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What just happened? Researchers with Guardio Security uncovered a "vast campaign" of malicious data-collecting browser extensions. The analysts dubbed it "Dormant Colors" because of the malware's focus on color and style themes — Action Colors, Power Colors, Super Colors, and so on. Dormant Colors consists of 30 different extensions that millions of users have downloaded.
The seemingly harmless "helpers" advertise themselves as webpage modifiers, allowing users to change things like background colors and font styles on webpages they visit. However, under the hood, they have several malicious endeavors, including hijacking your search/browsing histories, inserting advertisements within visited pages, and side-loading malicious code without being detected.
The result is a network of infected computers that hackers can use for other nefarious activities.
"It starts with the trickery malvertising campaign, continues with a crafty novel way to side-load the real malicious code without anyone noticing (until now!), and finally with stealing not only your searches and browsing data, but also affiliation to 10,000 targeted sites — a capability that is easily leveraged for targeted spear phishing, account takeover and credential extraction — all using this powerful network of millions of infected computers worldwide!"
All 30 of the identified extensions work in Chrome and Edge. They could be found in Google's and Microsoft's repositories, but both companies removed most entries they confirmed malicious. However, that does nothing for those who still have them installed. Also, since the extensions' code only serves as a ruse, the apps can easily be rebranded and uploaded with another account.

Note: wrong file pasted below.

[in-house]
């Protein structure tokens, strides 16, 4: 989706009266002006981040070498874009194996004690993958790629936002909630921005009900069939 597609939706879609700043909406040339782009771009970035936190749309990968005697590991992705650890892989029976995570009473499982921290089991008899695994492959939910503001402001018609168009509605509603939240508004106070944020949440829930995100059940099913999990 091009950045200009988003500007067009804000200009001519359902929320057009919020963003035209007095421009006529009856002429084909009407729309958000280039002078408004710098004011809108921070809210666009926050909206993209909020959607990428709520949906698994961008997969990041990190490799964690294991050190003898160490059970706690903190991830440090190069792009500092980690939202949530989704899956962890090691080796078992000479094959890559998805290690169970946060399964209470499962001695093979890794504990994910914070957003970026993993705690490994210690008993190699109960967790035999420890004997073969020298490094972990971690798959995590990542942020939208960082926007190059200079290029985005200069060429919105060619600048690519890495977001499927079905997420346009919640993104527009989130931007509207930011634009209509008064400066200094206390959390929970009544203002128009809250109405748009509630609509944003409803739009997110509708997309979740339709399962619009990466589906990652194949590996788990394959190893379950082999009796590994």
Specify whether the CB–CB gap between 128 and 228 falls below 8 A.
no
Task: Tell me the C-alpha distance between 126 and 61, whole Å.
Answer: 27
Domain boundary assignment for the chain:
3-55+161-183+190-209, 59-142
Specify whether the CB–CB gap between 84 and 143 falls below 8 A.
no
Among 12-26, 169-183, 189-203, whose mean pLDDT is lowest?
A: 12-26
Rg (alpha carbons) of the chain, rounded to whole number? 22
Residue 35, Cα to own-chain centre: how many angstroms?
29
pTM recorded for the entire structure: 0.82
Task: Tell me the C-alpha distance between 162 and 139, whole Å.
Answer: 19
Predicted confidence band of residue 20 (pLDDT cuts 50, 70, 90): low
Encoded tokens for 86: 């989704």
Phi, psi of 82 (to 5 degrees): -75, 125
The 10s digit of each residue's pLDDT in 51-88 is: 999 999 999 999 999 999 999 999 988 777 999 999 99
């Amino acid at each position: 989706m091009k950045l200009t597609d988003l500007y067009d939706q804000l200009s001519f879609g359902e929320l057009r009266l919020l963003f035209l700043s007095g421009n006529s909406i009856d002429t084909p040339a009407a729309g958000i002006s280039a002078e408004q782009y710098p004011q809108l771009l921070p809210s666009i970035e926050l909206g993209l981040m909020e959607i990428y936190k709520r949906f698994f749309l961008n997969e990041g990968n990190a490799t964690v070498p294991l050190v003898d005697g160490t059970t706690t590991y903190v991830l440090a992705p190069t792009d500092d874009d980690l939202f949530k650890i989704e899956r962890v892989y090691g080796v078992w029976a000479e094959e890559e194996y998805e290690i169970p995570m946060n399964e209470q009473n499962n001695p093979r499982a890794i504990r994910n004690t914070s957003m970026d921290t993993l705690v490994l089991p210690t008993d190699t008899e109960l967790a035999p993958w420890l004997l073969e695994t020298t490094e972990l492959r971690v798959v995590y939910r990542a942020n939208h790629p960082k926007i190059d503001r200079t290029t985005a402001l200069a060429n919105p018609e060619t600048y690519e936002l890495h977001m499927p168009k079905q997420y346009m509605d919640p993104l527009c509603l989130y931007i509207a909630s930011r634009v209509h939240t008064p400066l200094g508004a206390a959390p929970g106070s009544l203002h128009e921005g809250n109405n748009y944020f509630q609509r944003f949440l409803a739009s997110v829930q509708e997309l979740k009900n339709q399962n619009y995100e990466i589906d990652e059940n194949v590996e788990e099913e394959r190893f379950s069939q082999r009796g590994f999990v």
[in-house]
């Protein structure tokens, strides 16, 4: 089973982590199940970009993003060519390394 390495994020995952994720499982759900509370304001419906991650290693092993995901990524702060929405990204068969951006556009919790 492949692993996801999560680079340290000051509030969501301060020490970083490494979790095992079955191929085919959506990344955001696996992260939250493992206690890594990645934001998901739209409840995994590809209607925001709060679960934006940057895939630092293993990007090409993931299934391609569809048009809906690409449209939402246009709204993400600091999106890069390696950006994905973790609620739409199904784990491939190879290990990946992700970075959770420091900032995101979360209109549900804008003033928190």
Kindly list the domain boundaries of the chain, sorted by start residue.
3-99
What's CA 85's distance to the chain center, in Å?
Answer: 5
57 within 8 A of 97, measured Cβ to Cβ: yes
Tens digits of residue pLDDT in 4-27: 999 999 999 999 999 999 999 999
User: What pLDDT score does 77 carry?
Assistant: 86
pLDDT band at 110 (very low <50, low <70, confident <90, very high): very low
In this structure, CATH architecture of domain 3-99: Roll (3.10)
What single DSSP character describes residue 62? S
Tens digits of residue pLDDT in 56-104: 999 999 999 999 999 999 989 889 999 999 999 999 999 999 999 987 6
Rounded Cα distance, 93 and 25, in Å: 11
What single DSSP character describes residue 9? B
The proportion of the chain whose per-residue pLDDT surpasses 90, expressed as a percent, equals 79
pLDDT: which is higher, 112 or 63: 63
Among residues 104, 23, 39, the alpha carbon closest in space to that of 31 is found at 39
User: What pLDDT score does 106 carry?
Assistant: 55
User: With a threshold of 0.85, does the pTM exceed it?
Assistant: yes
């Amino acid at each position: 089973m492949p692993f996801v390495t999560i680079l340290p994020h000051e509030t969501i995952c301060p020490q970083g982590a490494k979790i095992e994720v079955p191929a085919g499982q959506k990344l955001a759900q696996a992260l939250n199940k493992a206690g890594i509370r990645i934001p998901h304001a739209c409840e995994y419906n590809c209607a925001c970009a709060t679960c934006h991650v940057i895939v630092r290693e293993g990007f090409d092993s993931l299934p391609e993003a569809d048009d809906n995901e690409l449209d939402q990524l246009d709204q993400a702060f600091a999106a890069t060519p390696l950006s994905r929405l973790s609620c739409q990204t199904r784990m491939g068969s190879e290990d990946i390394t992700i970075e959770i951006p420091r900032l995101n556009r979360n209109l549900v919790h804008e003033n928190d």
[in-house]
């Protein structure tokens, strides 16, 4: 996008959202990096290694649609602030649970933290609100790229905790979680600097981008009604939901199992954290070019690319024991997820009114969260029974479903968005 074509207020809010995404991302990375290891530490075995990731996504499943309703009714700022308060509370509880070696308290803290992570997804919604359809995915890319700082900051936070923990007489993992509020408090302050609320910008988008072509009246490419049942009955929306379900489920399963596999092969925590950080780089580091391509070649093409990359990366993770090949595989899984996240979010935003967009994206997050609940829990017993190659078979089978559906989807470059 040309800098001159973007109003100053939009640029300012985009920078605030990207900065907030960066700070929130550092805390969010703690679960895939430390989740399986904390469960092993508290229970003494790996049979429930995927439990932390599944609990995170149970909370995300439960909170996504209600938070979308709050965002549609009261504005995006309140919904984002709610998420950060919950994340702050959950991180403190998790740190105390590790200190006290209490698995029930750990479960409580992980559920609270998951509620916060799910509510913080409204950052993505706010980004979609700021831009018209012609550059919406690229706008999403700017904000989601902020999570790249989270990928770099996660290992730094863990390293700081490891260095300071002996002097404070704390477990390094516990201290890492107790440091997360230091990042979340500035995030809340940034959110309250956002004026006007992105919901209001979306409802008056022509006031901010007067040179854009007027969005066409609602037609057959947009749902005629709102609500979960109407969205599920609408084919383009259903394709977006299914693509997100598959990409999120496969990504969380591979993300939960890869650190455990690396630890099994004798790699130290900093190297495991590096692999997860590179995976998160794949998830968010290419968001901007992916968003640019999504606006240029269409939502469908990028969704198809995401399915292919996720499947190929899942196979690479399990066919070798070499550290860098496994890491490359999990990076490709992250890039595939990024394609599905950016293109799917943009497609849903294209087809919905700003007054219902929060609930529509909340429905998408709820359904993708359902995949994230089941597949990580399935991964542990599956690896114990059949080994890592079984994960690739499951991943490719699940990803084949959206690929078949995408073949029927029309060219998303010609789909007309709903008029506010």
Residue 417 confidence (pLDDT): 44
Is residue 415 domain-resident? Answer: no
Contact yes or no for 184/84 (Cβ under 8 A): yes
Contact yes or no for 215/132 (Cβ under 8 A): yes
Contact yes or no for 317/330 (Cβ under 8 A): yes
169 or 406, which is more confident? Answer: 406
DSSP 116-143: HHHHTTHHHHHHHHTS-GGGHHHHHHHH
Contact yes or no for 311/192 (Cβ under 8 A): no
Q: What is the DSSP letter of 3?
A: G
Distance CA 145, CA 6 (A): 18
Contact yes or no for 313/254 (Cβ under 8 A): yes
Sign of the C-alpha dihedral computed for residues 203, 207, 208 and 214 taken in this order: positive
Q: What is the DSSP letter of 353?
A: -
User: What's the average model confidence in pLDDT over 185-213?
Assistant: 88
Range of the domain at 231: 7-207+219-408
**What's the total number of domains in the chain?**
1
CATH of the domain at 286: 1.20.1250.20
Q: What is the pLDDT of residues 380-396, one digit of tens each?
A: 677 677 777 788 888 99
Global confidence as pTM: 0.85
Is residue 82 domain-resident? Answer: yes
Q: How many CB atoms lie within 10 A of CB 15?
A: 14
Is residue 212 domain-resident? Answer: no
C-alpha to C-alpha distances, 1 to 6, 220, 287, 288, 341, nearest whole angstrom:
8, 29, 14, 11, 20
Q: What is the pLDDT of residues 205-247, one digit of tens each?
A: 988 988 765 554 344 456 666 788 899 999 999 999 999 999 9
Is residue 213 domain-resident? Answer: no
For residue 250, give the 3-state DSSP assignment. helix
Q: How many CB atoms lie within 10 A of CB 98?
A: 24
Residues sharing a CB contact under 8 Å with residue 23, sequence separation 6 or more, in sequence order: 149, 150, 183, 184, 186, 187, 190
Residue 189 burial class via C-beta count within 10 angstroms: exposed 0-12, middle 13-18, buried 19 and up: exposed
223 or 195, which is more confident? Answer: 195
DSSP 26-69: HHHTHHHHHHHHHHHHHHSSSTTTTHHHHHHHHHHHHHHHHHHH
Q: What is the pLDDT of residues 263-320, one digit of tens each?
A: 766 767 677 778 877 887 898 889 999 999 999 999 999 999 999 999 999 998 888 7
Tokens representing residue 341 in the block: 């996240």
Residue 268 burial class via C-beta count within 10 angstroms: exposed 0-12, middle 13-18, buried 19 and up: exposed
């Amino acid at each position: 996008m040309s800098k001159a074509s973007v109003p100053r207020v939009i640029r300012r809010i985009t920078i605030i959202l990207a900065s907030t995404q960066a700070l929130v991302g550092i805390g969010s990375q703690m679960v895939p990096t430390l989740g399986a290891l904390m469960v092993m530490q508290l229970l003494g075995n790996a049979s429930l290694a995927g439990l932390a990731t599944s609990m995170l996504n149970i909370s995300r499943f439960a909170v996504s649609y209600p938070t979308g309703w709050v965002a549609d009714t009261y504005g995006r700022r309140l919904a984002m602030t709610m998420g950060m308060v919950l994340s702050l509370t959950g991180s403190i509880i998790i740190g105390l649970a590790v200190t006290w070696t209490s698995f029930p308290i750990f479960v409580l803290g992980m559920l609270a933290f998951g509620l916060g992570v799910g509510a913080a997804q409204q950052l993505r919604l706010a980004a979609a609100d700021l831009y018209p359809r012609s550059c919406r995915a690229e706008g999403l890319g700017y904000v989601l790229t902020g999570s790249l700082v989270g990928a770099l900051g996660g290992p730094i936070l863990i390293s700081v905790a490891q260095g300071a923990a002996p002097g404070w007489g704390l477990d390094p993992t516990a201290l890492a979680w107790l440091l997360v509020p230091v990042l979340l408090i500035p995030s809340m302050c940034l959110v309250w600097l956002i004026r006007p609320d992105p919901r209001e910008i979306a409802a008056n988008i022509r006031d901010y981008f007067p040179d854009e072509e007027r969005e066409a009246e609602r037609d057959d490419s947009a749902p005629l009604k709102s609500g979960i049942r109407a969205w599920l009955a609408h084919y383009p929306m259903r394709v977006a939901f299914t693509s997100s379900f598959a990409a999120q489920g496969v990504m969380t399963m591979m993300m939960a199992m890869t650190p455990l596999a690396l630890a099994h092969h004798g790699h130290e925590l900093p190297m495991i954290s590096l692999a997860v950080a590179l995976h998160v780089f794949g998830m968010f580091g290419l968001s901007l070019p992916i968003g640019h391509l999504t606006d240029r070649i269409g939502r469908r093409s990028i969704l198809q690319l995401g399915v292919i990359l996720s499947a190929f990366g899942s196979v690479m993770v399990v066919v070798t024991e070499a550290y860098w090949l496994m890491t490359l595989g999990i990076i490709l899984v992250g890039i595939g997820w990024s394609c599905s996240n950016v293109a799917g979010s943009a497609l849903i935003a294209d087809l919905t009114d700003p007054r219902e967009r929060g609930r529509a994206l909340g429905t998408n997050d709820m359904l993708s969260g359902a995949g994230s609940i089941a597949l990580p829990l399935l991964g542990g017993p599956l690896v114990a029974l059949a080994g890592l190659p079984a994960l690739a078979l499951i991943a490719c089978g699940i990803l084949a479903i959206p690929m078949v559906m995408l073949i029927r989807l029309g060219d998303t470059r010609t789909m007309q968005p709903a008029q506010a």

Guardio said the software's nature allows attackers to target individual users or entire domains using fake search results, site hijacking, and targeted spear phishing. It does this by stealing a user's browser data and sending it to a command-and-control server. The hackers can use that data to update the extension with new attack vectors using "silent code injection."
Normally, Google and Microsoft moderators can spot obviously malicious code and reject it before it gets approved. However, the researchers found that the malware operators design the extensions in a fashion that allows it through inspection.
"In its initial state, the extension is harmless. Looking through the code will reveal tons of color and style-related functions with names likecssbgcolors()and setlightmodes()," Guardio says.
No apparent malicious code is present in what is submitted to the store. The trouble comes from fake web pages that prompt users to install the seemingly harmless extension from the legitimate storefront. The user is then redirected to a "thank you" page and a series of other redirects side load the malware.
The lesson here is to carefully consider what extensions you choose to install in your browsers. Even if they come from a trusted source, they may not be what you expect. And especially remain skeptical anytime a webpage tells you you need to download anything to view its content. That is a clear indication something is wrong and it is astonishing that people still fall for this trick in 2022.
If you have any webpage styling extensions installed on Chrome or Edge, you might want to check out Guardio's fully detailed writeup.